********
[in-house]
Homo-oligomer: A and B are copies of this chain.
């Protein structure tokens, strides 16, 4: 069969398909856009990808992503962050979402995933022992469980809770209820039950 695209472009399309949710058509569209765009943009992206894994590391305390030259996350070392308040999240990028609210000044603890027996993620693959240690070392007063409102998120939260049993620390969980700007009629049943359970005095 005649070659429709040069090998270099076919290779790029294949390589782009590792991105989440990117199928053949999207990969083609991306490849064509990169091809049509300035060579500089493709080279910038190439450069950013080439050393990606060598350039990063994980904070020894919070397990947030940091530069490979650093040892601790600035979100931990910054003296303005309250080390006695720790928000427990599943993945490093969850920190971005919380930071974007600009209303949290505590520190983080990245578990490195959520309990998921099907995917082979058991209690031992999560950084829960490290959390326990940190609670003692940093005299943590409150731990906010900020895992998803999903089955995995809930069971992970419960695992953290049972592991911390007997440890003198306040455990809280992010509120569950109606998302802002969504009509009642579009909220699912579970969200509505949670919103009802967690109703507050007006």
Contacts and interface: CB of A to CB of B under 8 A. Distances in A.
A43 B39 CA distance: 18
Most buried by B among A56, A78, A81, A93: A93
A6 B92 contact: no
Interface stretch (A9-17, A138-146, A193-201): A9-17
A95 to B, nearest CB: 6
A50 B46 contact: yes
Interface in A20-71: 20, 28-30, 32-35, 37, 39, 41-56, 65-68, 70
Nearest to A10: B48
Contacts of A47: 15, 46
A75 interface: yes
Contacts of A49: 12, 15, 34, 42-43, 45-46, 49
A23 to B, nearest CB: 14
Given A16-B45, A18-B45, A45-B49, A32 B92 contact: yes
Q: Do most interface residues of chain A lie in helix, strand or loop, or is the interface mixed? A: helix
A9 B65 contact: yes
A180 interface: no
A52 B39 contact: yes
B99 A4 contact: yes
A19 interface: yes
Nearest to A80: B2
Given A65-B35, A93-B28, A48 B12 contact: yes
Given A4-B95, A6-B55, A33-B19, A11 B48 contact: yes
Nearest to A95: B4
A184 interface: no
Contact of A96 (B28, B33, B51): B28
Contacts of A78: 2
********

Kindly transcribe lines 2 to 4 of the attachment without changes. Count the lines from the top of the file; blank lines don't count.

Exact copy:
Homo-oligomer: A and B are copies of this chain.
């Protein structure tokens, strides 16, 4: 069969398909856009990808992503962050979402995933022992469980809770209820039950 695209472009399309949710058509569209765009943009992206894994590391305390030259996350070392308040999240990028609210000044603890027996993620693959240690070392007063409102998120939260049993620390969980700007009629049943359970005095 005649070659429709040069090998270099076919290779790029294949390589782009590792991105989440990117199928053949999207990969083609991306490849064509990169091809049509300035060579500089493709080279910038190439450069950013080439050393990606060598350039990063994980904070020894919070397990947030940091530069490979650093040892601790600035979100931990910054003296303005309250080390006695720790928000427990599943993945490093969850920190971005919380930071974007600009209303949290505590520190983080990245578990490195959520309990998921099907995917082979058991209690031992999560950084829960490290959390326990940190609670003692940093005299943590409150731990906010900020895992998803999903089955995995809930069971992970419960695992953290049972592991911390007997440890003198306040455990809280992010509120569950109606998302802002969504009509009642579009909220699912579970969200509505949670919103009802967690109703507050007006």
Contacts and interface: CB of A to CB of B under 8 A. Distances in A.